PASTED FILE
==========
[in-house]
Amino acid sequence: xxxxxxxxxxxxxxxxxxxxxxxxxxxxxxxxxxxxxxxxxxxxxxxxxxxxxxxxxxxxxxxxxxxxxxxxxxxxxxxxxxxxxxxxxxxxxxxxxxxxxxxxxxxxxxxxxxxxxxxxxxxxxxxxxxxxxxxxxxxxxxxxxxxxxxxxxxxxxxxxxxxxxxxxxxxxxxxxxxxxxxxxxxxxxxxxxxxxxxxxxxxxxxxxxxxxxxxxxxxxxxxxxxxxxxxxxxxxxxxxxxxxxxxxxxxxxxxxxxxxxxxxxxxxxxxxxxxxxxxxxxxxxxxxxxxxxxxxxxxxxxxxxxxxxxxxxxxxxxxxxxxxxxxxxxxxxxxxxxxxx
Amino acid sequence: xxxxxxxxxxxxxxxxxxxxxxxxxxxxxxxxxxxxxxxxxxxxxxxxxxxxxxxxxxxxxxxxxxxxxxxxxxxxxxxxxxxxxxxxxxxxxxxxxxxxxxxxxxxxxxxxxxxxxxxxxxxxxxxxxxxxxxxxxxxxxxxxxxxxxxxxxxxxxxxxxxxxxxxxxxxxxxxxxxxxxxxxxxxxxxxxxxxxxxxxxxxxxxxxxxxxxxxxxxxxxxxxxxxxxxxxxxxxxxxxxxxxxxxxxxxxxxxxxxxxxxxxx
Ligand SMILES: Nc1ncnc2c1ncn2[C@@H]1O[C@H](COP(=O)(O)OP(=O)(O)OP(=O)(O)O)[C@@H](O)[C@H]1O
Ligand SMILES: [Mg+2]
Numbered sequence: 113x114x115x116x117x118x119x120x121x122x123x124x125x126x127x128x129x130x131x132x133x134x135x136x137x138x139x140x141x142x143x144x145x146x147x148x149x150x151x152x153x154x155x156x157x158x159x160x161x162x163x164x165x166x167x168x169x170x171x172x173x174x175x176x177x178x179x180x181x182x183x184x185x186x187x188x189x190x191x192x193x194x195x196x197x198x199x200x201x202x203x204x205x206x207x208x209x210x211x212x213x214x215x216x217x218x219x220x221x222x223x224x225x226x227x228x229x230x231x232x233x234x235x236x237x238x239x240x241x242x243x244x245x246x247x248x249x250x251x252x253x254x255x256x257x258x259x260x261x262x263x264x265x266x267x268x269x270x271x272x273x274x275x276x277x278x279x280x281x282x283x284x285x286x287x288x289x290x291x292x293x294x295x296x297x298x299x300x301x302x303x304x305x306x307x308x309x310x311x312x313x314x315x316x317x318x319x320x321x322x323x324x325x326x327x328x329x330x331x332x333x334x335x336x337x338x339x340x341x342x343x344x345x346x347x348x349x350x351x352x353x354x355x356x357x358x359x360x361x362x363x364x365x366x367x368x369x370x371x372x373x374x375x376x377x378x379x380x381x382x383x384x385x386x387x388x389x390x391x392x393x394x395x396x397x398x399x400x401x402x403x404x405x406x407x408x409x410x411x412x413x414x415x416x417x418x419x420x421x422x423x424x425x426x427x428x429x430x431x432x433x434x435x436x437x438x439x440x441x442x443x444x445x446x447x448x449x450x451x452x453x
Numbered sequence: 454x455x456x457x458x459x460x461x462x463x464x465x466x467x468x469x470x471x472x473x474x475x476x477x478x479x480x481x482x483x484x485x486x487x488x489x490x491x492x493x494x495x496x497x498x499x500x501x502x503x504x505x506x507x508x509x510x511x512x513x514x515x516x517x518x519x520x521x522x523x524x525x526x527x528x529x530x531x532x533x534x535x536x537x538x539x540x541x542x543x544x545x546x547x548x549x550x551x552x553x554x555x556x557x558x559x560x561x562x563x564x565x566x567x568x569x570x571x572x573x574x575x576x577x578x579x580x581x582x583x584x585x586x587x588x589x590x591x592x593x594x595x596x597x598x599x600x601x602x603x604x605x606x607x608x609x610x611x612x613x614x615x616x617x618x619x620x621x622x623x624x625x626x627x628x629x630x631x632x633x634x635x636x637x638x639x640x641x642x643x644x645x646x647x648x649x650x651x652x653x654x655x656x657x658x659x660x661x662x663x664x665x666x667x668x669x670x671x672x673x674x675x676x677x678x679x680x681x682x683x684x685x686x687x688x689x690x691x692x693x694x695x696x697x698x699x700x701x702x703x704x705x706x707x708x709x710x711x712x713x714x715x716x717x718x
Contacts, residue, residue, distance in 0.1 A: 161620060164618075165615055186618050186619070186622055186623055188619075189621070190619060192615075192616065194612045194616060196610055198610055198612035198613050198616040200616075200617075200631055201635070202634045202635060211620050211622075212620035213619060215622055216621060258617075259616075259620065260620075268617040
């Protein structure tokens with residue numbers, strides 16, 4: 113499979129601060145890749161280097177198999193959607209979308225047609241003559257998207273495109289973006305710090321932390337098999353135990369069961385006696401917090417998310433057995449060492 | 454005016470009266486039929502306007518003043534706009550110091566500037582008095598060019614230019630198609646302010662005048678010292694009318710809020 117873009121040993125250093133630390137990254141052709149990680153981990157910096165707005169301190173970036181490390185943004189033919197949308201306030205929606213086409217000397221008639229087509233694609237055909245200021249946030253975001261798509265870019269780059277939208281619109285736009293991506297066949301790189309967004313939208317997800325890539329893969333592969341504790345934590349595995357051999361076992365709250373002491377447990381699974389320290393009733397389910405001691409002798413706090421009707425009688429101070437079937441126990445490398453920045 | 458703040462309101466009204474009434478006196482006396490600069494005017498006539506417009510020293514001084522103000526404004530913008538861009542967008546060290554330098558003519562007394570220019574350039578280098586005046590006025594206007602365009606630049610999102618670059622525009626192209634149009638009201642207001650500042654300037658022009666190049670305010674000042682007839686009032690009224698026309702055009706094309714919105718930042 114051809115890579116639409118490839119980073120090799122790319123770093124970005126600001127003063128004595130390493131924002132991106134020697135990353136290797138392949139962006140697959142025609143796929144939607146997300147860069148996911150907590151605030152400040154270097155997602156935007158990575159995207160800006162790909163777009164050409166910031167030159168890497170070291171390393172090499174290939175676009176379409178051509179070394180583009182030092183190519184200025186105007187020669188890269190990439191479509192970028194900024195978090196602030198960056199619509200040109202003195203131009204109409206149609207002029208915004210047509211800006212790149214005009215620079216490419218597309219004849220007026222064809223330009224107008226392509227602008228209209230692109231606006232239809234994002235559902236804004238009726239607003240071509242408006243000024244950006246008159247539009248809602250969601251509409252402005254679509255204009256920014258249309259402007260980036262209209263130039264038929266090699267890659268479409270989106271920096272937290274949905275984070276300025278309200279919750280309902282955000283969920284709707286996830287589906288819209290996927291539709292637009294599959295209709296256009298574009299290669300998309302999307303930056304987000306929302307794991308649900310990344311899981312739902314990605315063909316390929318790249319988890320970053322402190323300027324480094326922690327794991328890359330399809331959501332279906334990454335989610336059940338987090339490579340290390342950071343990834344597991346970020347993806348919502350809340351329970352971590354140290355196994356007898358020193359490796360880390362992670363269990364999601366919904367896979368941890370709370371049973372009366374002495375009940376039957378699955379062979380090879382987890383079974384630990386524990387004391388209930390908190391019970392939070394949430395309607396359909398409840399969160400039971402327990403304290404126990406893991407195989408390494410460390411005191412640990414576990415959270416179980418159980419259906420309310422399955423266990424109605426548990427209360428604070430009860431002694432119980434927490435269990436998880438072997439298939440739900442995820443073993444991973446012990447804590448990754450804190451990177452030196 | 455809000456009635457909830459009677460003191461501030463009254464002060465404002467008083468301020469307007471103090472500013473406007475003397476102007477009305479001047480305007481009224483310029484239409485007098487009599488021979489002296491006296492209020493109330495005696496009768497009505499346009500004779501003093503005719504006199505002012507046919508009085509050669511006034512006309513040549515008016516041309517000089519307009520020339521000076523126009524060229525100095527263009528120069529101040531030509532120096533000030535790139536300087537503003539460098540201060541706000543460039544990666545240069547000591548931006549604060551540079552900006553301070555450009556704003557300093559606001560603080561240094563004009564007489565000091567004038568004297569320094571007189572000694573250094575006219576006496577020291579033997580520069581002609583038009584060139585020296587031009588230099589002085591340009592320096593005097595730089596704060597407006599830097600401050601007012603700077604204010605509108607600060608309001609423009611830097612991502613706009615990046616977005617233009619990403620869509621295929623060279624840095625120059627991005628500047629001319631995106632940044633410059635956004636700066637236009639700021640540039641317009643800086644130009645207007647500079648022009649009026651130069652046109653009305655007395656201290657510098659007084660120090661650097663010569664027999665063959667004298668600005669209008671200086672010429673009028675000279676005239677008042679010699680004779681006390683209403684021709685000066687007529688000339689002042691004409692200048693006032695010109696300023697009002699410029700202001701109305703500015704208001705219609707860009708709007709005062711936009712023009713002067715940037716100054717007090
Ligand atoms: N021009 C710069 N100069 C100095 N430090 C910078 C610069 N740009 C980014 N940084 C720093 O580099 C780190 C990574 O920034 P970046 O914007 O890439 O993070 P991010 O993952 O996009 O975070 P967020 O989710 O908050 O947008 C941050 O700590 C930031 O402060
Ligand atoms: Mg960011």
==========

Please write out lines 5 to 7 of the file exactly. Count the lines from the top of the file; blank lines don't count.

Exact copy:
Ligand SMILES: [Mg+2]
Numbered sequence: 113x114x115x116x117x118x119x120x121x122x123x124x125x126x127x128x129x130x131x132x133x134x135x136x137x138x139x140x141x142x143x144x145x146x147x148x149x150x151x152x153x154x155x156x157x158x159x160x161x162x163x164x165x166x167x168x169x170x171x172x173x174x175x176x177x178x179x180x181x182x183x184x185x186x187x188x189x190x191x192x193x194x195x196x197x198x199x200x201x202x203x204x205x206x207x208x209x210x211x212x213x214x215x216x217x218x219x220x221x222x223x224x225x226x227x228x229x230x231x232x233x234x235x236x237x238x239x240x241x242x243x244x245x246x247x248x249x250x251x252x253x254x255x256x257x258x259x260x261x262x263x264x265x266x267x268x269x270x271x272x273x274x275x276x277x278x279x280x281x282x283x284x285x286x287x288x289x290x291x292x293x294x295x296x297x298x299x300x301x302x303x304x305x306x307x308x309x310x311x312x313x314x315x316x317x318x319x320x321x322x323x324x325x326x327x328x329x330x331x332x333x334x335x336x337x338x339x340x341x342x343x344x345x346x347x348x349x350x351x352x353x354x355x356x357x358x359x360x361x362x363x364x365x366x367x368x369x370x371x372x373x374x375x376x377x378x379x380x381x382x383x384x385x386x387x388x389x390x391x392x393x394x395x396x397x398x399x400x401x402x403x404x405x406x407x408x409x410x411x412x413x414x415x416x417x418x419x420x421x422x423x424x425x426x427x428x429x430x431x432x433x434x435x436x437x438x439x440x441x442x443x444x445x446x447x448x449x450x451x452x453x
Numbered sequence: 454x455x456x457x458x459x460x461x462x463x464x465x466x467x468x469x470x471x472x473x474x475x476x477x478x479x480x481x482x483x484x485x486x487x488x489x490x491x492x493x494x495x496x497x498x499x500x501x502x503x504x505x506x507x508x509x510x511x512x513x514x515x516x517x518x519x520x521x522x523x524x525x526x527x528x529x530x531x532x533x534x535x536x537x538x539x540x541x542x543x544x545x546x547x548x549x550x551x552x553x554x555x556x557x558x559x560x561x562x563x564x565x566x567x568x569x570x571x572x573x574x575x576x577x578x579x580x581x582x583x584x585x586x587x588x589x590x591x592x593x594x595x596x597x598x599x600x601x602x603x604x605x606x607x608x609x610x611x612x613x614x615x616x617x618x619x620x621x622x623x624x625x626x627x628x629x630x631x632x633x634x635x636x637x638x639x640x641x642x643x644x645x646x647x648x649x650x651x652x653x654x655x656x657x658x659x660x661x662x663x664x665x666x667x668x669x670x671x672x673x674x675x676x677x678x679x680x681x682x683x684x685x686x687x688x689x690x691x692x693x694x695x696x697x698x699x700x701x702x703x704x705x706x707x708x709x710x711x712x713x714x715x716x717x718x